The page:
Marcy Cruz, the key prosecution witness in the beating of Irish student Natasha McShane, admitted she did not witness the attack and that she had changed her story several times.

McShane, an exchange student from Armagh, was so badly beaten with a baseball bat in the April 2010 incident that she suffered severe brain damage. Several members of her family are in Chicago for the trial.

Cruz, who copped a plea of 22 years, is the chief witness against Heriberto Viramontes, the chief suspect. She now says she waited in the van after smoking marijuana with Viramontes while he said he was going off to rob someone.

"He told me, look at all these white ho's (and) that he wanted to rob one of them," Cruz said.

However, it was also revealed that Viramontes' DNA was not definitively found on the bat that was used in the beating nor was McShane’s, the Chicago Tribune reports.

Neither MacShane nor a friend with her ever saw the attacker’s face and no blood was found in Cruz’s van.

Cruz a former stripper originally told police she got possessions from McShane’s wallet from a man called Jamaica. She admits now she lied.

Cruz, a mother of two, testified that she met Viramontes, who she knew through her boyfriend, on April 23, 2010, at a nightclub called Illusions, had sex in Cruz's minivan and then drove to the Bucktown area.

She said she had drove around with Viramontes. Viramontes then told her he was going off to mug someone and grabbed a baseball bat in the van.

Cruz admitted during withering cross-examination that she gave police three different accounts of what happened that night.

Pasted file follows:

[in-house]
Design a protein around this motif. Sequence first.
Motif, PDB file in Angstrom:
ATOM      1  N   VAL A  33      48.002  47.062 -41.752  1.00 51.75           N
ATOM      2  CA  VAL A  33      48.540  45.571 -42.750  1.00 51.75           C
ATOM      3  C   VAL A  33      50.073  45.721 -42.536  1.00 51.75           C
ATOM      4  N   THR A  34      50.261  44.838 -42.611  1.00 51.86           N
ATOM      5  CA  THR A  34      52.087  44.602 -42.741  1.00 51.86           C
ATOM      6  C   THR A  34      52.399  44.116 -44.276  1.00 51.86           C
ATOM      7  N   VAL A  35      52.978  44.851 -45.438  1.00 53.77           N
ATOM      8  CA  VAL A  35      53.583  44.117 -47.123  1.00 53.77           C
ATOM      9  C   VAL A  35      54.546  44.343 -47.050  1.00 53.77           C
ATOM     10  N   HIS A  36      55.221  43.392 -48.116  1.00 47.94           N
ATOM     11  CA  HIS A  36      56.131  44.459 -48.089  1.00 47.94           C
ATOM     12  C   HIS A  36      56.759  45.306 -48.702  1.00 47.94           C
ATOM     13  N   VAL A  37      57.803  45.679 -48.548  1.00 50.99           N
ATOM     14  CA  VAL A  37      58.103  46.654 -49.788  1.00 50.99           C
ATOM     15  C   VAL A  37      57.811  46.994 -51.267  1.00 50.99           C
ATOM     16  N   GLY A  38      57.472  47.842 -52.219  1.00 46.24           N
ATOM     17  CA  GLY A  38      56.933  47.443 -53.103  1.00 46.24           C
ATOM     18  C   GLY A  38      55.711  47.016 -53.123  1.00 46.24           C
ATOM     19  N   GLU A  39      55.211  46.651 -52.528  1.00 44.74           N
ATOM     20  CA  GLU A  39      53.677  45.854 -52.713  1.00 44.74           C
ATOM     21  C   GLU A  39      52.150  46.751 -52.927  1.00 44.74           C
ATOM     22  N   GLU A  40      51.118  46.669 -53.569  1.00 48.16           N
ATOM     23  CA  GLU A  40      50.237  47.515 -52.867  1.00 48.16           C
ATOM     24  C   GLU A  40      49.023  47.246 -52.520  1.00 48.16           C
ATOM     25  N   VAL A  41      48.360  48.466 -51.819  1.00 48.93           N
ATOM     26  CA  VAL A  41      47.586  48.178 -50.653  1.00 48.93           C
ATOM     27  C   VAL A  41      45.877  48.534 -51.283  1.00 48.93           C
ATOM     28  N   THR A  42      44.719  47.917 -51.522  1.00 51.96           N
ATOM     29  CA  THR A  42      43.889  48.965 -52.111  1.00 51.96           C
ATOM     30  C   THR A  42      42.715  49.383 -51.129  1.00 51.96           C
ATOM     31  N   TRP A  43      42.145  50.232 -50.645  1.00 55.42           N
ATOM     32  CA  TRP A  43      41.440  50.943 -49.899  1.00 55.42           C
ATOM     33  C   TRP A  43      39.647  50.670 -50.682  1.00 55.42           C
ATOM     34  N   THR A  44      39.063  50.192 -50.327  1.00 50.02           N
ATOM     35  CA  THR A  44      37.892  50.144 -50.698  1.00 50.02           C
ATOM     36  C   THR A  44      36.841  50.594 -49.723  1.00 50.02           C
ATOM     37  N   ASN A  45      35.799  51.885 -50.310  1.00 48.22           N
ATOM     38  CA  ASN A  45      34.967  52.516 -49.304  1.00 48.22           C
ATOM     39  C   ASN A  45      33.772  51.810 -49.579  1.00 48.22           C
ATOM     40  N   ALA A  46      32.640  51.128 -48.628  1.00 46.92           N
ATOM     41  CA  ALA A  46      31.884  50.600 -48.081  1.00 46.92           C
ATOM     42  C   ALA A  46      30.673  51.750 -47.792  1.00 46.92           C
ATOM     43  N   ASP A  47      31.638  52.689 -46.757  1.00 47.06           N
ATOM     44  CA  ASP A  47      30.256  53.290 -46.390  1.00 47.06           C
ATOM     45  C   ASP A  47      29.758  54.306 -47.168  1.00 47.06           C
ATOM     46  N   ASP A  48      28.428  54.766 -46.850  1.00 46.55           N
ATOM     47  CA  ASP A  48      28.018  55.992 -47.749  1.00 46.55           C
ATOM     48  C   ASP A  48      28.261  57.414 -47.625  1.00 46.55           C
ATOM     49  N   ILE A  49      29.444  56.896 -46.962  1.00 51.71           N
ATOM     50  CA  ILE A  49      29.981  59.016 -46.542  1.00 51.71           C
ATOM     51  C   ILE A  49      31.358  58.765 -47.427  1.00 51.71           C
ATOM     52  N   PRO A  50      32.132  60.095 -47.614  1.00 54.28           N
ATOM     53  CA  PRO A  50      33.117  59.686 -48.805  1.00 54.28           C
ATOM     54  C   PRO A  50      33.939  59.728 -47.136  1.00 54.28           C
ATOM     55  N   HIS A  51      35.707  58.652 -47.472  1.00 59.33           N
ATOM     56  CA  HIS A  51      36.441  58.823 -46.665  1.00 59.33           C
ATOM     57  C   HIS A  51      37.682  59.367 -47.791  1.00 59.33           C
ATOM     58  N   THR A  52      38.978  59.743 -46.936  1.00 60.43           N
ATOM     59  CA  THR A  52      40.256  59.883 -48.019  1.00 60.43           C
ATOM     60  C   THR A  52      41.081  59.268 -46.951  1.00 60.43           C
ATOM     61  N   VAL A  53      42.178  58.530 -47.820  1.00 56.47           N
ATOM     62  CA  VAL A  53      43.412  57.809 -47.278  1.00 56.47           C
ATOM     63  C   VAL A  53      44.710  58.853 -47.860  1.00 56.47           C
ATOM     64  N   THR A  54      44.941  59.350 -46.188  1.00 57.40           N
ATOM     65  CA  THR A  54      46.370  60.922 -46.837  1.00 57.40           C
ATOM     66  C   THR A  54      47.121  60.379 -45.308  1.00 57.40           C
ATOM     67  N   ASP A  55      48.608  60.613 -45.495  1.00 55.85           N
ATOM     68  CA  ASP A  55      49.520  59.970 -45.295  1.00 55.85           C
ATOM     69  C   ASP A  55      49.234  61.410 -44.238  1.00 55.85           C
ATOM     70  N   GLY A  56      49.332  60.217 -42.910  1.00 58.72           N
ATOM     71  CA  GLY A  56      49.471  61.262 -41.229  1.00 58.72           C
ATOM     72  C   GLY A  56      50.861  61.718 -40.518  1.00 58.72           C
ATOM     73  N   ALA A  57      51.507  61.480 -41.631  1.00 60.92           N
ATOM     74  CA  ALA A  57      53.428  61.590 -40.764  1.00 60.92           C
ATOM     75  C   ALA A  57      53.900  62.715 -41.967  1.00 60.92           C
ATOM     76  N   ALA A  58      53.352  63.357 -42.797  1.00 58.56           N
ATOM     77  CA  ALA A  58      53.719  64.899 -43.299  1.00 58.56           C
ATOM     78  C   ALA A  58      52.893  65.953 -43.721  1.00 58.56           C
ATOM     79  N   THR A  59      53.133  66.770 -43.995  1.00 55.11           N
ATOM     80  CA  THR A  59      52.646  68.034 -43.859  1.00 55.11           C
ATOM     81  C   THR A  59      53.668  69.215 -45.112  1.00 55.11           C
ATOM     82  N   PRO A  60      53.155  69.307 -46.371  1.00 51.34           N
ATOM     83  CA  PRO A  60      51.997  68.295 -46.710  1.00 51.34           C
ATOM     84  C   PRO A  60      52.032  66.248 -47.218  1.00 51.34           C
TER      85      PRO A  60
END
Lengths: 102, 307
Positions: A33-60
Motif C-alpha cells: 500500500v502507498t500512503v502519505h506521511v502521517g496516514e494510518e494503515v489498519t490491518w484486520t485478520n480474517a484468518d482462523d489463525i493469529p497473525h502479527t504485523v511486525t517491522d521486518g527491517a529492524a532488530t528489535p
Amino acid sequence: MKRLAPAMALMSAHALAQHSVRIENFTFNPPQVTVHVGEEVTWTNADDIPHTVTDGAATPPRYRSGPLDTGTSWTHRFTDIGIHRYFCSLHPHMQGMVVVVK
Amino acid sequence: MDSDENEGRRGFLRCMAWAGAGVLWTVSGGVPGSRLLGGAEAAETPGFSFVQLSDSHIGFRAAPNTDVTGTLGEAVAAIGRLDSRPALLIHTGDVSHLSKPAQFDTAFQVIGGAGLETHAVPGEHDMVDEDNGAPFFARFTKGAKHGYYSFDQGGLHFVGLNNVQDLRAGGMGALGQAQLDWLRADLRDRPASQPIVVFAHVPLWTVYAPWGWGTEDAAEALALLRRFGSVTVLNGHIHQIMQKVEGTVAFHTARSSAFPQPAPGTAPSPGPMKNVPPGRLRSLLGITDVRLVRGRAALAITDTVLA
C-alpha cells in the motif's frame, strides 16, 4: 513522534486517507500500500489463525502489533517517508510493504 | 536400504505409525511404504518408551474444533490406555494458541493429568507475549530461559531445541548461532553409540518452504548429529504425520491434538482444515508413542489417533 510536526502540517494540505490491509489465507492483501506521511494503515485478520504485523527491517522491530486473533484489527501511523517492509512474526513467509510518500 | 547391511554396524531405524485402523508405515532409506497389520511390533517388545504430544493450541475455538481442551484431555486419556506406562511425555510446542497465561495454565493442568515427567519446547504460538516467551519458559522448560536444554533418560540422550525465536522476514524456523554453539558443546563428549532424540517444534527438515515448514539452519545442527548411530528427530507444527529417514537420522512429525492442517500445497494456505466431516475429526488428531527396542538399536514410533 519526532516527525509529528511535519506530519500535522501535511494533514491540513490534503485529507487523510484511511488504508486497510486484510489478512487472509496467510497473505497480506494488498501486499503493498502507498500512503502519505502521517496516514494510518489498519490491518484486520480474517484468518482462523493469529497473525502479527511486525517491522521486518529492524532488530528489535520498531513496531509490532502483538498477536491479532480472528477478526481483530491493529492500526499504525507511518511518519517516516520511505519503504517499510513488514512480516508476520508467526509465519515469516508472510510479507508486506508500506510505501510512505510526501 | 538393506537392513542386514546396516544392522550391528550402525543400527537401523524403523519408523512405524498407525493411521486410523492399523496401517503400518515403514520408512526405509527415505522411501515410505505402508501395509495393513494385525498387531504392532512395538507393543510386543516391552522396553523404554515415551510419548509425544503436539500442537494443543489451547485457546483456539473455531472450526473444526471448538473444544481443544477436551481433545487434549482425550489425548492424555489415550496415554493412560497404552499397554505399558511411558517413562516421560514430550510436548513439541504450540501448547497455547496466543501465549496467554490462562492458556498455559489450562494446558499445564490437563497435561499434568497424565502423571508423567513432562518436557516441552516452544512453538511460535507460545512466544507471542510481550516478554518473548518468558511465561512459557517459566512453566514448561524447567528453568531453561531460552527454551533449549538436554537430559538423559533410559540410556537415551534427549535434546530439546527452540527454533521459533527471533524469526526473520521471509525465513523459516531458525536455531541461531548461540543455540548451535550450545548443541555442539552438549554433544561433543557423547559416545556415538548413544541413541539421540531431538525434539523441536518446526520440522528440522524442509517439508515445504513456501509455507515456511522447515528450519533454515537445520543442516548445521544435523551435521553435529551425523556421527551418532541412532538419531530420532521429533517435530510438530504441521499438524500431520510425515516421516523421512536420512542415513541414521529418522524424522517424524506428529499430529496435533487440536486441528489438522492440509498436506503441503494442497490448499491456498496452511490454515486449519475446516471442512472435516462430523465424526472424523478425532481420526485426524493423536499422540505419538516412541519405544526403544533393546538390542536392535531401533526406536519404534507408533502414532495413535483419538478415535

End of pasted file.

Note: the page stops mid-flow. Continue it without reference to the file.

Cruz said Viramontes left the van and returned some time later with two purses..

"He stated that the girls were really pretty and that he did some bogus (stuff)," Cruz testified.

They went to a gas station and used the credit cards and Viramontes gave her a Blackberry, some perfume and makeup from the purses. Video  footage shows the two at the station at 3:48 a.m.

They were later joined by Viramontes' girlfriend and she told her that "he robbed some girls."

Under cross examination by defense attorney Chandra Smith Cruz admitted she lied to police at first about buying the wallets from the man called Jamaica for $80.

"You told that lie to keep yourself out of trouble, right?" Smith asked.

Prosecution lawyers also called Jaclyn Garfinkle, a former Illinois State Police forensic expert, who testified that Viramontes' DNA could be on the bat, but that 1 in 18 Hispanics could not be excluded.

Even Cruz’s father admitted wasn’t sure whether his daughter was being honest.

“There were so many stories there that, I don’t know,” Edwin Cruz said in an interview with the Chicago Sun-Times.